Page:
Act I[ edit ] The play opens amidst thunder and lightning, wherein the Three Witches decide that their next meeting shall be with Macbeth. In the following scene, a wounded sergeant reports to King Duncan of Scotland that his generals Macbeth, who is the Thane of Glamis, and Banquo have just defeated the allied forces of Norway and Ireland, who were led by the traitorous Macdonwald, and the Thane of Cawdor. Subsequently, Macbeth and Banquo discuss the weather and their victory. As they wander onto a heath, the Three Witches enter and greet them with prophecies.
Three Witches enter and give the prophecy that the civil war will end that day and that at sunset they will meet Macbeth. The Thane of Cawdor has betrayed Duncan and is accused of being a traitor.
Macbeth and Banquo leave the battlefield and meet the Witches. The Witches state the prophecy that Macbeth will be Thane of Cawdor and king and that Banquo will be the father of kings, but not king himself.
Macbeth has been victorious on the battlefield and the war is at an end—to what greatness should he now aspire? The Witches spark the ambitious nature in Macbeth, as he knows his rise to power would greatly be enhanced by being named Thane of Cawdor. Banquo is skeptical of the Witches, but Macbeth, driven by a desire for power, considers killing Duncan to gain the crown.
Macbeth is overwhelmed by the image, yet his desire for power is still present, as stated in a letter he sends to Lady Macbeth. Lady Macbeth encourages Macbeth to act on his thoughts, telling him that she will guide and support his plan to kill King Duncan.
Macbeth is crowned king. Banquo raises suspicions that Macbeth killed Duncan. Macbeth hires two men to kill Banquo and his son Fleance, whom Macbeth fears will become king, as the Witches foretold.
Banquo is killed, but Fleance escapes. The Witches conjure a spell, and Apparitions reveal to Macbeth three prophecies that will affect his future. He is told to beware of Macduff, that no man born of woman can harm him, and he will not be conquered until the forest at Birnam marches to Dunsinane.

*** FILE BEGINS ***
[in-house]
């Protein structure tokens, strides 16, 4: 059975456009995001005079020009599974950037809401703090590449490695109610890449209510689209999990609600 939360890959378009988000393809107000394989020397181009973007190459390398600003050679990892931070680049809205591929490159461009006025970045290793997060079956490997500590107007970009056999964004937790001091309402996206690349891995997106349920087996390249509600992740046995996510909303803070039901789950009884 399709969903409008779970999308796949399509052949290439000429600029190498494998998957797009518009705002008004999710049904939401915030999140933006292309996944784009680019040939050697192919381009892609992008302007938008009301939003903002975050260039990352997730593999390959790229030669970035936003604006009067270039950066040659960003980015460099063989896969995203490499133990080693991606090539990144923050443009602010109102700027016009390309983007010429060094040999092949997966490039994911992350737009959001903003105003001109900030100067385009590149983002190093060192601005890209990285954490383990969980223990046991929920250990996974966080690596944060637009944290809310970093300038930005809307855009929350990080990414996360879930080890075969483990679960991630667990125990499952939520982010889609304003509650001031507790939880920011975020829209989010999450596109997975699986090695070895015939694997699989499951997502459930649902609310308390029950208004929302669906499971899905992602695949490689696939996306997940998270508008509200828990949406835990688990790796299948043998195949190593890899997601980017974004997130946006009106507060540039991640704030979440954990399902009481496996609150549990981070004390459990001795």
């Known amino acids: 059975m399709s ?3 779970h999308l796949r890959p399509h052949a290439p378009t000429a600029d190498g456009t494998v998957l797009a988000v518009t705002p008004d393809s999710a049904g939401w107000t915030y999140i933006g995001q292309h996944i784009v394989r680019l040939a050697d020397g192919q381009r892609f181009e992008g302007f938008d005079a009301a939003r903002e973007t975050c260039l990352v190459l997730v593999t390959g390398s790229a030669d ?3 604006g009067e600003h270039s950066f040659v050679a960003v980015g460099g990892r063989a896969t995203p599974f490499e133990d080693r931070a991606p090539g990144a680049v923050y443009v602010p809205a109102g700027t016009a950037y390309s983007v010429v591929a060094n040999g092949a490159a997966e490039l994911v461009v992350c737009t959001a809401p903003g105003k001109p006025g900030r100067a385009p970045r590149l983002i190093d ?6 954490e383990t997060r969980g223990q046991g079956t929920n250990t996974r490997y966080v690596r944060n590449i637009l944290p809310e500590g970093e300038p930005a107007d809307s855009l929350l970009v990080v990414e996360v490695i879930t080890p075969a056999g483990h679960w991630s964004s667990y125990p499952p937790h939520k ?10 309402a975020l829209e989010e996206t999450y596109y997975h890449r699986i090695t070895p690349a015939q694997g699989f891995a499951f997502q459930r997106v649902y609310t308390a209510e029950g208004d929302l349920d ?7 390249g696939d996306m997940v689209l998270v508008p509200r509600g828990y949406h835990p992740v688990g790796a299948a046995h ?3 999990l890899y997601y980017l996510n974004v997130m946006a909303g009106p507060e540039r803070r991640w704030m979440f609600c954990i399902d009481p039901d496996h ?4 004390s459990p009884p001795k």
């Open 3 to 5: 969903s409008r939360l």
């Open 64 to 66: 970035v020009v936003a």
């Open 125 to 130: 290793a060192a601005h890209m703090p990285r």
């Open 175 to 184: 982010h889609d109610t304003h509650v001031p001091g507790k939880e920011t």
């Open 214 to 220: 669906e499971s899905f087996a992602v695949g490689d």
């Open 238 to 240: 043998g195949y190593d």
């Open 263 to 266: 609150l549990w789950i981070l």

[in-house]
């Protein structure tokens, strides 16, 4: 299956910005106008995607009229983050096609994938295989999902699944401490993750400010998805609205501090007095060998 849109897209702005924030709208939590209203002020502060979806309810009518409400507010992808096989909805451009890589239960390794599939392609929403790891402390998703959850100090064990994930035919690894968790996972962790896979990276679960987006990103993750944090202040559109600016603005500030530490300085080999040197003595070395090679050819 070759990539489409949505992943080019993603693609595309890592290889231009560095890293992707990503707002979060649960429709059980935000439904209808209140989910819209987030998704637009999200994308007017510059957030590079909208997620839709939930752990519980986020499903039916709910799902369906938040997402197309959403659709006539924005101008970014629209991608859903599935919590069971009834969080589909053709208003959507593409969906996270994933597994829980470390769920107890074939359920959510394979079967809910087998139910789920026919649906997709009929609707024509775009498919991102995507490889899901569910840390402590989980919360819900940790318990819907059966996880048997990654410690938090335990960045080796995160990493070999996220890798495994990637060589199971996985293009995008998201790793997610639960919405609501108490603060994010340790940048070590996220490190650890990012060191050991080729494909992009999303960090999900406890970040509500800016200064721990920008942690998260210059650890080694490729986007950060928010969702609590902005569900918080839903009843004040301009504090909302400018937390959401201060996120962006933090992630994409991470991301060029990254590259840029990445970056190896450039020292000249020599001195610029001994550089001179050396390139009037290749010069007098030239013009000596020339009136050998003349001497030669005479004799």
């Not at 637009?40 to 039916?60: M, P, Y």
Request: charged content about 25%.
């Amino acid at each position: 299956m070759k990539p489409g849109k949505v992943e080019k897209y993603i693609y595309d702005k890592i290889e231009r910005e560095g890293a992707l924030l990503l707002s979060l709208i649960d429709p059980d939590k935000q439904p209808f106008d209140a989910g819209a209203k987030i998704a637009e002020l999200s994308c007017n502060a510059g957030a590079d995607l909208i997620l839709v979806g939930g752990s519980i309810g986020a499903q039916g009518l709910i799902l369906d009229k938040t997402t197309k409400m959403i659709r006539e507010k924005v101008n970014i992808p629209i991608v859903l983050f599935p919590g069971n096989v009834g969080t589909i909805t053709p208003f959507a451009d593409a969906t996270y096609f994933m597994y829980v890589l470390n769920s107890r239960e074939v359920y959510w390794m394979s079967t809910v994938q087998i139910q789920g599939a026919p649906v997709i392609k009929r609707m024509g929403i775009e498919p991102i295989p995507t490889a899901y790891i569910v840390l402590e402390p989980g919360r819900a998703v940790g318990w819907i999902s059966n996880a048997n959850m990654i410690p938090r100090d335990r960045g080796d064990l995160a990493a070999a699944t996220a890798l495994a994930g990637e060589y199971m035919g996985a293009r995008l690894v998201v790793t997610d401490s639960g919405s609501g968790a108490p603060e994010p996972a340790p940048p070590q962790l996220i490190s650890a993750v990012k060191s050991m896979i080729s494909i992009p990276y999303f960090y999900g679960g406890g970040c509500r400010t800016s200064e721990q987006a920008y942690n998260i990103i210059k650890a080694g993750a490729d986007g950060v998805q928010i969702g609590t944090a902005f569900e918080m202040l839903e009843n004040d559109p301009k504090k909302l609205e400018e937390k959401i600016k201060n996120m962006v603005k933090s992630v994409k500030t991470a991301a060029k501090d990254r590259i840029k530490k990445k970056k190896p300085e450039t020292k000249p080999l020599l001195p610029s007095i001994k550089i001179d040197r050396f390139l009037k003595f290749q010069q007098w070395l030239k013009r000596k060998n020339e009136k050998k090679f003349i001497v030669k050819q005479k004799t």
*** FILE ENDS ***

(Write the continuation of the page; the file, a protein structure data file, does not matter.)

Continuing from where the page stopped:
Macbeth is also shown a procession of kings with the last king looking in a mirror—the reflection is that of Banquo. When Macduff hears of the massacre of his family, he vows to seek revenge on Macbeth. He joins Malcolm in his quest to depose Macbeth. The army proceeds in camouflage by carrying a branch from Birnam Wood into battle.
Macbeth fights Macduff, and Macbeth boasts that he cannot be killed by any man born of woman. Macduff kills Macbeth in battle and hails Malcolm as King of Scotland.
Malcolm vows to restore Scotland to a peaceful country. Estimated Reading Time The time needed to read Macbeth depends on the familiarity of the reader with the language of the Elizabethan Era. The notes and glossary of the text being used should serve as a guide to the reader.Shakespeare’s overall portrayal of evil in the play shows us that evil is not natural within us; this is shown by the fact that either ambition or the witches caused Macbeth to murder.
Shakespeare also tells the audience that evil causes the natural order of the world to become tumultuous. In Macbeth evil is the opposite of humanity, the deviation from that which is natural for humankind, yet evil originates in the human heart.
Supernatural and unnatural forces . Evil in William Shakespeare's Macbeth MacBeth is a play preoccupied with evil.
There is a potential for evil in people in the natural and the supernatural world. In the play "MacBeth" by William Shakespeare, the author explores the many facets of evil and in particular whether evil emantes from within or is engendered by association and environment. For. Macbeth (/ m ə k ˈ b ɛ θ /; full title The Tragedy of Macbeth) is a tragedy by William Shakespeare; it is thought to have been first performed in [a] It dramatises the damaging physical and psychological effects of political ambition on those who seek power for its own sake.
Essay Macbeth, By William Shakespeare. exemplified superbly by the massively popular English dramatist William Shakespeare in his grisliest and most ominous play, Macbeth, in which a prophecy from three witches and immoral motivation combine to produce disastrous results for all .